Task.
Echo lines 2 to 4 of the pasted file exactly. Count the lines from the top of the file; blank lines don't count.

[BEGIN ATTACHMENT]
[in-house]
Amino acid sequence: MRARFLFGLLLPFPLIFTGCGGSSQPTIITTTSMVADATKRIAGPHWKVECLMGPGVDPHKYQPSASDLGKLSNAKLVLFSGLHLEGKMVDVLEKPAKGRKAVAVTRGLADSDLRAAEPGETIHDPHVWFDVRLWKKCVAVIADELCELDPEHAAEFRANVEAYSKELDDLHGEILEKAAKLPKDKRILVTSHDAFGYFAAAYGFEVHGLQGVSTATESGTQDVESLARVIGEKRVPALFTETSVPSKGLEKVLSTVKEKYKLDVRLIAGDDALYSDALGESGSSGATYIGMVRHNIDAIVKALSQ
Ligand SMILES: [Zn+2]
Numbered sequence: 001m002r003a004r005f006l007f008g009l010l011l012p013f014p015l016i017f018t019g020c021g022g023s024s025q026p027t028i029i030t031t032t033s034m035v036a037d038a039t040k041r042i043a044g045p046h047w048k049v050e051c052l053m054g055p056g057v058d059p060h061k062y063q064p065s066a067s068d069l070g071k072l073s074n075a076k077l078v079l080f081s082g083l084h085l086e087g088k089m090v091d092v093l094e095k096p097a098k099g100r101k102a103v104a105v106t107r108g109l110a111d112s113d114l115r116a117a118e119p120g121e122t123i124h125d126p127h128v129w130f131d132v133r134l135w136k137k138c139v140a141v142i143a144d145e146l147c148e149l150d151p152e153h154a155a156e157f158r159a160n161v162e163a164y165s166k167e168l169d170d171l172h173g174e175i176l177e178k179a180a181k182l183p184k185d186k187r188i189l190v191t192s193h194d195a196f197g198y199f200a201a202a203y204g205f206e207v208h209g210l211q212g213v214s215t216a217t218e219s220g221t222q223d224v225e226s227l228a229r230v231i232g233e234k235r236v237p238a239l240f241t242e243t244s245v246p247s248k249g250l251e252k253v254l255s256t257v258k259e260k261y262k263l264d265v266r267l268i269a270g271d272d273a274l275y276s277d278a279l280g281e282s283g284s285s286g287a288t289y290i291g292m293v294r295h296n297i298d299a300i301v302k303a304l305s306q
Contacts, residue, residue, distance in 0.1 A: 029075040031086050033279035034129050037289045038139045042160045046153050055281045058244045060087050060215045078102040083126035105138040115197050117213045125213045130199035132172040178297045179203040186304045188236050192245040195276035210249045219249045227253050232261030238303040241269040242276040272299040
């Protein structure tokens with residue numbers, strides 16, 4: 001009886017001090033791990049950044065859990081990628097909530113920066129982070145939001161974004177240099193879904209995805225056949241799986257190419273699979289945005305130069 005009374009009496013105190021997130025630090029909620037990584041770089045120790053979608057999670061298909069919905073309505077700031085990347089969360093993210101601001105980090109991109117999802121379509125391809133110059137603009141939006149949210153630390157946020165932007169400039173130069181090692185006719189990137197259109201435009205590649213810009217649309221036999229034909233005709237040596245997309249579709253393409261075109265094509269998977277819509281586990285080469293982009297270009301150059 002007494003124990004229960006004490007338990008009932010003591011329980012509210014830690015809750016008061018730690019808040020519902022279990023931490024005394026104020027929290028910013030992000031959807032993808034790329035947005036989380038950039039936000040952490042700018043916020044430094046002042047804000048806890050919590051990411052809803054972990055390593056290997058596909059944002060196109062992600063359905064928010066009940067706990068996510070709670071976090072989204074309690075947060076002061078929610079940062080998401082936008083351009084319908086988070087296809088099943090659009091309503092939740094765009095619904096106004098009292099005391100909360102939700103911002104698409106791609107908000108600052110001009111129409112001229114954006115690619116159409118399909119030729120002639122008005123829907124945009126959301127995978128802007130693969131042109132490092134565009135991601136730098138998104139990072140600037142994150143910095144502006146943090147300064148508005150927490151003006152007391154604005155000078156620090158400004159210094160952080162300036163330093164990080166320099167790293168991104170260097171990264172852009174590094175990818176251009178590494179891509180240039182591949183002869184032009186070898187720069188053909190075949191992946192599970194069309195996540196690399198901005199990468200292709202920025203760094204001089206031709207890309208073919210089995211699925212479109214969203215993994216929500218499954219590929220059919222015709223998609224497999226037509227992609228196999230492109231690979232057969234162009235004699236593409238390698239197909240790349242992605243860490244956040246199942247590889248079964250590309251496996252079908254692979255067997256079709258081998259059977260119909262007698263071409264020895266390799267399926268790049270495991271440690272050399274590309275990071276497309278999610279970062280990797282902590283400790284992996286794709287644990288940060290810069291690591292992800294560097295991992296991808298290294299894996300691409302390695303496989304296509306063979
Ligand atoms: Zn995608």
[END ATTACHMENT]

Amino acid sequence: MRARFLFGLLLPFPLIFTGCGGSSQPTIITTTSMVADATKRIAGPHWKVECLMGPGVDPHKYQPSASDLGKLSNAKLVLFSGLHLEGKMVDVLEKPAKGRKAVAVTRGLADSDLRAAEPGETIHDPHVWFDVRLWKKCVAVIADELCELDPEHAAEFRANVEAYSKELDDLHGEILEKAAKLPKDKRILVTSHDAFGYFAAAYGFEVHGLQGVSTATESGTQDVESLARVIGEKRVPALFTETSVPSKGLEKVLSTVKEKYKLDVRLIAGDDALYSDALGESGSSGATYIGMVRHNIDAIVKALSQ
Ligand SMILES: [Zn+2]
Numbered sequence: 001m002r003a004r005f006l007f008g009l010l011l012p013f014p015l016i017f018t019g020c021g022g023s024s025q026p027t028i029i030t031t032t033s034m035v036a037d038a039t040k041r042i043a044g045p046h047w048k049v050e051c052l053m054g055p056g057v058d059p060h061k062y063q064p065s066a067s068d069l070g071k072l073s074n075a076k077l078v079l080f081s082g083l084h085l086e087g088k089m090v091d092v093l094e095k096p097a098k099g100r101k102a103v104a105v106t107r108g109l110a111d112s113d114l115r116a117a118e119p120g121e122t123i124h125d126p127h128v129w130f131d132v133r134l135w136k137k138c139v140a141v142i143a144d145e146l147c148e149l150d151p152e153h154a155a156e157f158r159a160n161v162e163a164y165s166k167e168l169d170d171l172h173g174e175i176l177e178k179a180a181k182l183p184k185d186k187r188i189l190v191t192s193h194d195a196f197g198y199f200a201a202a203y204g205f206e207v208h209g210l211q212g213v214s215t216a217t218e219s220g221t222q223d224v225e226s227l228a229r230v231i232g233e234k235r236v237p238a239l240f241t242e243t244s245v246p247s248k249g250l251e252k253v254l255s256t257v258k259e260k261y262k263l264d265v266r267l268i269a270g271d272d273a274l275y276s277d278a279l280g281e282s283g284s285s286g287a288t289y290i291g292m293v294r295h296n297i298d299a300i301v302k303a304l305s306q